• In the immediate aftermath, one state-of-the-art large container ship arrived with over 35 million pounds of cargo.  This is the equivalent carrying capacity of 1,900 cargo planes.
  • In anticipation of the island’s needs, the domestic American maritime industry stowed approximately 3,000 containers filled with goods in the terminals prior to the hurricane landing.
  • Jones Act vessels have the capacity to carry more than 4,000 containers per week to Puerto Rico.

True or False: Waiving the Jones Act would add efficiency to delivery of goods.

False: Because of infrastructure challenges, a Jones Act waiver could hinder, not help, relief efforts. A Jones Act waiver could overwhelm the system.  There are logistical bottlenecks as a result of the inability to distribute goods within Puerto Rico due to road blockages, communications disruptions and concerns about equipment shortages, including trucks, chassis and containers.”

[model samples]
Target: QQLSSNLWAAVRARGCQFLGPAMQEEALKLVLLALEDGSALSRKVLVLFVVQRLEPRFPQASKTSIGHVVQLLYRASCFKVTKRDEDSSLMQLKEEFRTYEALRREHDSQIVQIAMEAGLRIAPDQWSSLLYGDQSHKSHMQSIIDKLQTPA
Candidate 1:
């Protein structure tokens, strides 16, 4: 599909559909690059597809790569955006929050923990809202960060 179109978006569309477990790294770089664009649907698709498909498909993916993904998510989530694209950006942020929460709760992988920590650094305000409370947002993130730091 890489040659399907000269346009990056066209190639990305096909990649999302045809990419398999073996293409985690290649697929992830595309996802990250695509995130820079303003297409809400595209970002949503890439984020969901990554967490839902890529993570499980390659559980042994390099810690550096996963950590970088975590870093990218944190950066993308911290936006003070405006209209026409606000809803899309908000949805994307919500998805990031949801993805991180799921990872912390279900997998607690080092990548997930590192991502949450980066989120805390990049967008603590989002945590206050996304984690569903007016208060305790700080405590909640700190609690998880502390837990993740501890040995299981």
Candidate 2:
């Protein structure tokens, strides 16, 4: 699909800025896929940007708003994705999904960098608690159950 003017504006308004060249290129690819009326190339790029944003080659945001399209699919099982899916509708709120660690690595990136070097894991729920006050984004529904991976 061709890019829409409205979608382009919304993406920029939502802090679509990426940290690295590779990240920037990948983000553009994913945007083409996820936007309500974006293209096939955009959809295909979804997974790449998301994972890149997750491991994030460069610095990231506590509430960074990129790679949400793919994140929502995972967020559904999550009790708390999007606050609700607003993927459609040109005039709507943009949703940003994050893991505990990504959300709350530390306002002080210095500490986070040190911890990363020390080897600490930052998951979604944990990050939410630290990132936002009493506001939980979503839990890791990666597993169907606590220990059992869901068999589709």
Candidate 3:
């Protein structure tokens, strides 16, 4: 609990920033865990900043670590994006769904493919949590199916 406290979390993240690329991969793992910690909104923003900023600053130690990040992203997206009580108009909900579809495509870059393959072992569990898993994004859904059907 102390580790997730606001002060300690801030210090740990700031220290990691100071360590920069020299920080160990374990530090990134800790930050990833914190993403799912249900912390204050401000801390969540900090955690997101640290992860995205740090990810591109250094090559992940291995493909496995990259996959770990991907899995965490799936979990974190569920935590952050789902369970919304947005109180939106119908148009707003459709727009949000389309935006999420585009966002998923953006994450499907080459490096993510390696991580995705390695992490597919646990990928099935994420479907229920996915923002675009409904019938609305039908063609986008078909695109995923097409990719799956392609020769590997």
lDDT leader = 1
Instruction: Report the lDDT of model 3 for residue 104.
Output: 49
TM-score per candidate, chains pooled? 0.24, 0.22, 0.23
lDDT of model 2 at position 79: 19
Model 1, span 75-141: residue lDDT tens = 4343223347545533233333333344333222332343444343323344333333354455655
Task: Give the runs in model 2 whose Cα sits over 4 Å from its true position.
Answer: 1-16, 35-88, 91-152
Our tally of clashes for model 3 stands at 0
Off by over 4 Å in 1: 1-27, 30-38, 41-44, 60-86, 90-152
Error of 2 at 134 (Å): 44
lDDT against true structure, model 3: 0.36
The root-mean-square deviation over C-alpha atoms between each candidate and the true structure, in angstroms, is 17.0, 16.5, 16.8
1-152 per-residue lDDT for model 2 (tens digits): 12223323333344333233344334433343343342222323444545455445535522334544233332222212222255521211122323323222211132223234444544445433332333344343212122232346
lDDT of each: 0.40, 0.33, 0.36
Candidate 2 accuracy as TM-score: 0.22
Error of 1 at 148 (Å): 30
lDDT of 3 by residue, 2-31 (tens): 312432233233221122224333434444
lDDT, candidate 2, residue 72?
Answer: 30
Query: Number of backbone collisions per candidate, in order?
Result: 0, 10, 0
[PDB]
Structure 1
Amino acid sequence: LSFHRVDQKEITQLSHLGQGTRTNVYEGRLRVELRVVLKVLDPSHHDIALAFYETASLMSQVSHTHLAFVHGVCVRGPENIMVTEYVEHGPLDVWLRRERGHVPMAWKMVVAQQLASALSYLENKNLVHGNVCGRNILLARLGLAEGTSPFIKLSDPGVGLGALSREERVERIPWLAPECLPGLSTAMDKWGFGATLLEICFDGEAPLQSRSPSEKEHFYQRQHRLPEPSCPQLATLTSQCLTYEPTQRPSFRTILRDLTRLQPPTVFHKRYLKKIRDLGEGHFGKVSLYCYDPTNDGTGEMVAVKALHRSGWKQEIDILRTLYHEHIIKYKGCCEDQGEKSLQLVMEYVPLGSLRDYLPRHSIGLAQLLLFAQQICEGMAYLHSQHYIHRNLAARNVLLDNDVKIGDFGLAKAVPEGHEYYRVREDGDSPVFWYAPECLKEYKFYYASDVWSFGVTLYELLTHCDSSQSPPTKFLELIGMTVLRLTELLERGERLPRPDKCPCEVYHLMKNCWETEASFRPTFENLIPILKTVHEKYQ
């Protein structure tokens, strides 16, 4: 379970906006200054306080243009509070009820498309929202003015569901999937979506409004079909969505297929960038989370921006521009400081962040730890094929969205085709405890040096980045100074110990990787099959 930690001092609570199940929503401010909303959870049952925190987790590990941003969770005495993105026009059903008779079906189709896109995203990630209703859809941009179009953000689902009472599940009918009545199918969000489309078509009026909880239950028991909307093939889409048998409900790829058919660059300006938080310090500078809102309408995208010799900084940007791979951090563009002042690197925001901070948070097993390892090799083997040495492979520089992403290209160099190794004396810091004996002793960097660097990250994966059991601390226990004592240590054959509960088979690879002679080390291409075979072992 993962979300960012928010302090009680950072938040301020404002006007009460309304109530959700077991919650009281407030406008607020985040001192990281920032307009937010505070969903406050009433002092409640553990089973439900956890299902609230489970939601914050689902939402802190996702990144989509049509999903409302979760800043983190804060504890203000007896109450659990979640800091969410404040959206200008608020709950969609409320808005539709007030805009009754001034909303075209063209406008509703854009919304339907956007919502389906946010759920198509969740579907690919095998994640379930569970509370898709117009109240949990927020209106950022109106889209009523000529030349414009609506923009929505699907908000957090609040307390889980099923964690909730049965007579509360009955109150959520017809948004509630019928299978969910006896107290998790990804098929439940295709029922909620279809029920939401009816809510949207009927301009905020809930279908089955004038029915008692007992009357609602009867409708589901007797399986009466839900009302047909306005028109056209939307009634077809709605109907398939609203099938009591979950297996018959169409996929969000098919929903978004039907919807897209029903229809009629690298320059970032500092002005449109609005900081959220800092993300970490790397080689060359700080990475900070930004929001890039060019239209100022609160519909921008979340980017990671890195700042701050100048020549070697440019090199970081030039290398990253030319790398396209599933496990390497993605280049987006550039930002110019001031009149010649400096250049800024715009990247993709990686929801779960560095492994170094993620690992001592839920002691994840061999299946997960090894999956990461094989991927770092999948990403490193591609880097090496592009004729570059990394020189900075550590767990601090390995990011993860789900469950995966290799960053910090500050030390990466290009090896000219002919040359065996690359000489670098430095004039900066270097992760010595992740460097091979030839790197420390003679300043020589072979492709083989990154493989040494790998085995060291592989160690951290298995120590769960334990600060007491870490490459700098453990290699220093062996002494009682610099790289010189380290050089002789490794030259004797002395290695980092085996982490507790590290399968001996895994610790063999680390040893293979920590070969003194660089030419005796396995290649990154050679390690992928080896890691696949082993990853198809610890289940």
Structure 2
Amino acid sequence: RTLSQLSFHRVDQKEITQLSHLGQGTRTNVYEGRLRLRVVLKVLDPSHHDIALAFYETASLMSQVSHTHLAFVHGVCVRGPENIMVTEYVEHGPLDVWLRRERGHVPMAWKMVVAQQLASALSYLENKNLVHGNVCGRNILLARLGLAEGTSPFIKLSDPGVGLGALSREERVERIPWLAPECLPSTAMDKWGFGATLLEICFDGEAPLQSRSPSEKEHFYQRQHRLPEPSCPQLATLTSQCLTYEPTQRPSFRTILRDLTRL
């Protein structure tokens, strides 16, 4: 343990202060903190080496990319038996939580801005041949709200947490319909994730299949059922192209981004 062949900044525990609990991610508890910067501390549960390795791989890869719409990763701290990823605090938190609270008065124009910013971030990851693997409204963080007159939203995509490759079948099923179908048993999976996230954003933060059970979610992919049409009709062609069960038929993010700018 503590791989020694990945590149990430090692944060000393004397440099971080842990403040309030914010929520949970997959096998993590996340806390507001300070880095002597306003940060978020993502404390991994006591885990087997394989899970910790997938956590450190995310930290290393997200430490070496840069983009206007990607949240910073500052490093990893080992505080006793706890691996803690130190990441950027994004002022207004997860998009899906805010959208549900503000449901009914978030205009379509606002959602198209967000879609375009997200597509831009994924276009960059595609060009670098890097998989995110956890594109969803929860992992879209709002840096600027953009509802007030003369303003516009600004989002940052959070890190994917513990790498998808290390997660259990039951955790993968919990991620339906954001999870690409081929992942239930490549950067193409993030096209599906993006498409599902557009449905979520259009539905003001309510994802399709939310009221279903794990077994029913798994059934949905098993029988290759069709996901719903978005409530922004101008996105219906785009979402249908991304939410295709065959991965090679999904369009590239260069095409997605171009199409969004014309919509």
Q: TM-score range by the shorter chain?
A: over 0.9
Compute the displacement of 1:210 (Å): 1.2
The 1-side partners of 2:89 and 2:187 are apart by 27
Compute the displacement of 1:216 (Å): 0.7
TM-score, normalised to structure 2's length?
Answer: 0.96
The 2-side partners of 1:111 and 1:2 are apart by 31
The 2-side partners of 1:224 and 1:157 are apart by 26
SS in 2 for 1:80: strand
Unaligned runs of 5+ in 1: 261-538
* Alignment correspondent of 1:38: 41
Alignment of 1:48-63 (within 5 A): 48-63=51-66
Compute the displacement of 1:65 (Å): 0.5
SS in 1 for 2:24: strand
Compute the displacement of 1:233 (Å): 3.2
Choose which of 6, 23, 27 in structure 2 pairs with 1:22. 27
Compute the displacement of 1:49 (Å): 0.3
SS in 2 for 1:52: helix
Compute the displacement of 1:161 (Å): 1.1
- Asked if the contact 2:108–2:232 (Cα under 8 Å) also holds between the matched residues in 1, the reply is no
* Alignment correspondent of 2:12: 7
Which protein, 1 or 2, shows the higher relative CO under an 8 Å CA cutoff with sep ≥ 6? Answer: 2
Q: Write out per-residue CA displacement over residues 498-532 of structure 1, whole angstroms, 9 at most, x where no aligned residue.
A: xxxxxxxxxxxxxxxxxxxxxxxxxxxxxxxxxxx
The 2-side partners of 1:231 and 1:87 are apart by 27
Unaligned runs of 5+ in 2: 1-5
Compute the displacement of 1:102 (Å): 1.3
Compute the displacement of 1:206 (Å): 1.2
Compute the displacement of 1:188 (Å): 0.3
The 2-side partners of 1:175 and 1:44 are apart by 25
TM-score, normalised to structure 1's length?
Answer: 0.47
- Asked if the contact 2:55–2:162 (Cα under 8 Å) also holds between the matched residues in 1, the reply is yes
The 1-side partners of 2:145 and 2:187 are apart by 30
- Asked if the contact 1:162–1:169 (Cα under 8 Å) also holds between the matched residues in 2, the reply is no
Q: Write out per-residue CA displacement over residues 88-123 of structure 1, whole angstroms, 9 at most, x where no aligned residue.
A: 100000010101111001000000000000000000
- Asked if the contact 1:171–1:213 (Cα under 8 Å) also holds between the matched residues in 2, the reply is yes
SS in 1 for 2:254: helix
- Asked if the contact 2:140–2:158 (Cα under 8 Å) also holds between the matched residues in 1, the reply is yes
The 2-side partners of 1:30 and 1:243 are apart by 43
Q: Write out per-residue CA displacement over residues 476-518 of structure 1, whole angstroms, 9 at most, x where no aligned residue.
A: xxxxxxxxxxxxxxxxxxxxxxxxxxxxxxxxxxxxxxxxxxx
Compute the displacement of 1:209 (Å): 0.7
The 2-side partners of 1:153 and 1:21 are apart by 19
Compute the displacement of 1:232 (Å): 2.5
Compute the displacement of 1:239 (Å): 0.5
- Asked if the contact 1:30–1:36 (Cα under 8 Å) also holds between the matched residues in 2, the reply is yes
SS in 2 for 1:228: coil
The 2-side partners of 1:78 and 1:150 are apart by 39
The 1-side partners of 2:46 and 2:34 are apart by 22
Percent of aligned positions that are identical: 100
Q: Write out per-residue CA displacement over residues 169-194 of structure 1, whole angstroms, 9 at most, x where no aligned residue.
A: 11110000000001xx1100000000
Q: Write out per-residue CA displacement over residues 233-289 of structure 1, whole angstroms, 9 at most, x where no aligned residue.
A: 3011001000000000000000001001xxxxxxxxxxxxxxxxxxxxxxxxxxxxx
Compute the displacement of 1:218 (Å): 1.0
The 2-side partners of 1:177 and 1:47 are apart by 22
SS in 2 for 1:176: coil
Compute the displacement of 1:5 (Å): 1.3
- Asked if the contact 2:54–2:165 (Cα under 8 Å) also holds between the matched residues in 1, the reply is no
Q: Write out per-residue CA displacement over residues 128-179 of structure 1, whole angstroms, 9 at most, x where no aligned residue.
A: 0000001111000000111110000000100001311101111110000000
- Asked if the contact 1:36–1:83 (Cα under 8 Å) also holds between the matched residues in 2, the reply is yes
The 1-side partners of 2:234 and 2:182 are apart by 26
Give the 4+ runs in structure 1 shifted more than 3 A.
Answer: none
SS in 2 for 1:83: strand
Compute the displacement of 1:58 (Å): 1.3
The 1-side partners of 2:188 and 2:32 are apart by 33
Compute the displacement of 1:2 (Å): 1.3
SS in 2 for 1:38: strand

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Maria G. Valdez

Maria was born and raised in Dominican Republic, where she began her career in journalism covering human interest stories, entertainment, beauty and wellness for a national magazine. She moved to New York City to study Musical Theatre, but went back to journalism after graduating in an attempt of becoming the Latina Carrie Bradshaw. She has an unhealthy obsession with JLo and claims to be Sofia Vergara’s long-lost daughter, and has tried a crazy amount of treatments to keep looking young. She became a Zumba instructor for fun.